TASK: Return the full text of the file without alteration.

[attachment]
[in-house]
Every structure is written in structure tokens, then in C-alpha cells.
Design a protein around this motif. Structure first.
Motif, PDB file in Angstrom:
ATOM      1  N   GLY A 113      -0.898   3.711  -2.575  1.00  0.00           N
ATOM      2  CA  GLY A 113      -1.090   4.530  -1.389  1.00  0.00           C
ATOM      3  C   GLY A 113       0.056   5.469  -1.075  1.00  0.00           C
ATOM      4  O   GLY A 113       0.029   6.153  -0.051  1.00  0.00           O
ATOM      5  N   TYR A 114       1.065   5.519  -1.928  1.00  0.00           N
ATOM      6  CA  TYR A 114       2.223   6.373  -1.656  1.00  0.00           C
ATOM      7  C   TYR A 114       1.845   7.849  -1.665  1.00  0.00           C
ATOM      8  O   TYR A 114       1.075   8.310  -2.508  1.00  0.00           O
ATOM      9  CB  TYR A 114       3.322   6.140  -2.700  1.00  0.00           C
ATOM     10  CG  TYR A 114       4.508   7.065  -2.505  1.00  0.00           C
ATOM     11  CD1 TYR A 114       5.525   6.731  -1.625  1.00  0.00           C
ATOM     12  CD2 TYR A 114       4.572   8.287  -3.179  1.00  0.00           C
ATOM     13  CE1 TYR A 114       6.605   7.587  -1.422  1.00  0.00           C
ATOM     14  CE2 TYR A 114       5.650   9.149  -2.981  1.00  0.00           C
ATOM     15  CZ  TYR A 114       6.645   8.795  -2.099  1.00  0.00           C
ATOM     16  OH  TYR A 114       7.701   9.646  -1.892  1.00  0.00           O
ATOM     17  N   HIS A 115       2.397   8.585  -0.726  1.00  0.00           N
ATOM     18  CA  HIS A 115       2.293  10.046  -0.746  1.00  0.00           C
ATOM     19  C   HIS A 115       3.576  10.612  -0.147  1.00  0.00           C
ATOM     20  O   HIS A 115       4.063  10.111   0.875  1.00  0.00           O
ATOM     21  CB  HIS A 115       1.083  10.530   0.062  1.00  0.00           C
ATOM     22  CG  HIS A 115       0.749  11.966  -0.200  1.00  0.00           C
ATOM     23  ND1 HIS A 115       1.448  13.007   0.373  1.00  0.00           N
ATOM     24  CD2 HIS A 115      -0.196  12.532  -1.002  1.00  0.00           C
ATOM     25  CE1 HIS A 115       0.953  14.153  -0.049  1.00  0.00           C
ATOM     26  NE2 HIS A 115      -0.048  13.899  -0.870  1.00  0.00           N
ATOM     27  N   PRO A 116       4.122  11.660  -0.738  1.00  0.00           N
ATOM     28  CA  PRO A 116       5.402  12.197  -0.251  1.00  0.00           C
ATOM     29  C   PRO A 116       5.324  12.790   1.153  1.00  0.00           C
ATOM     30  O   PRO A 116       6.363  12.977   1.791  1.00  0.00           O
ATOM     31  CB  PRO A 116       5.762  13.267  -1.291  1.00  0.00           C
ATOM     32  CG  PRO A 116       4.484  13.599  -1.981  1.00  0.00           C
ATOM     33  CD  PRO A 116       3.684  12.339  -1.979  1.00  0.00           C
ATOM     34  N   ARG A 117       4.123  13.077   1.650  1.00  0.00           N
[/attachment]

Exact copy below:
[in-house]
Every structure is written in structure tokens, then in C-alpha cells.
Design a protein around this motif. Structure first.
Motif, PDB file in Angstrom:
ATOM      1  N   GLY A 113      -0.898   3.711  -2.575  1.00  0.00           N
ATOM      2  CA  GLY A 113      -1.090   4.530  -1.389  1.00  0.00           C
ATOM      3  C   GLY A 113       0.056   5.469  -1.075  1.00  0.00           C
ATOM      4  O   GLY A 113       0.029   6.153  -0.051  1.00  0.00           O
ATOM      5  N   TYR A 114       1.065   5.519  -1.928  1.00  0.00           N
ATOM      6  CA  TYR A 114       2.223   6.373  -1.656  1.00  0.00           C
ATOM      7  C   TYR A 114       1.845   7.849  -1.665  1.00  0.00           C
ATOM      8  O   TYR A 114       1.075   8.310  -2.508  1.00  0.00           O
ATOM      9  CB  TYR A 114       3.322   6.140  -2.700  1.00  0.00           C
ATOM     10  CG  TYR A 114       4.508   7.065  -2.505  1.00  0.00           C
ATOM     11  CD1 TYR A 114       5.525   6.731  -1.625  1.00  0.00           C
ATOM     12  CD2 TYR A 114       4.572   8.287  -3.179  1.00  0.00           C
ATOM     13  CE1 TYR A 114       6.605   7.587  -1.422  1.00  0.00           C
ATOM     14  CE2 TYR A 114       5.650   9.149  -2.981  1.00  0.00           C
ATOM     15  CZ  TYR A 114       6.645   8.795  -2.099  1.00  0.00           C
ATOM     16  OH  TYR A 114       7.701   9.646  -1.892  1.00  0.00           O
ATOM     17  N   HIS A 115       2.397   8.585  -0.726  1.00  0.00           N
ATOM     18  CA  HIS A 115       2.293  10.046  -0.746  1.00  0.00           C
ATOM     19  C   HIS A 115       3.576  10.612  -0.147  1.00  0.00           C
ATOM     20  O   HIS A 115       4.063  10.111   0.875  1.00  0.00           O
ATOM     21  CB  HIS A 115       1.083  10.530   0.062  1.00  0.00           C
ATOM     22  CG  HIS A 115       0.749  11.966  -0.200  1.00  0.00           C
ATOM     23  ND1 HIS A 115       1.448  13.007   0.373  1.00  0.00           N
ATOM     24  CD2 HIS A 115      -0.196  12.532  -1.002  1.00  0.00           C
ATOM     25  CE1 HIS A 115       0.953  14.153  -0.049  1.00  0.00           C
ATOM     26  NE2 HIS A 115      -0.048  13.899  -0.870  1.00  0.00           N
ATOM     27  N   PRO A 116       4.122  11.660  -0.738  1.00  0.00           N
ATOM     28  CA  PRO A 116       5.402  12.197  -0.251  1.00  0.00           C
ATOM     29  C   PRO A 116       5.324  12.790   1.153  1.00  0.00           C
ATOM     30  O   PRO A 116       6.363  12.977   1.791  1.00  0.00           O
ATOM     31  CB  PRO A 116       5.762  13.267  -1.291  1.00  0.00           C
ATOM     32  CG  PRO A 116       4.484  13.599  -1.981  1.00  0.00           C
ATOM     33  CD  PRO A 116       3.684  12.339  -1.979  1.00  0.00           C
ATOM     34  N   ARG A 117       4.123  13.077   1.650  1.00  0.00           N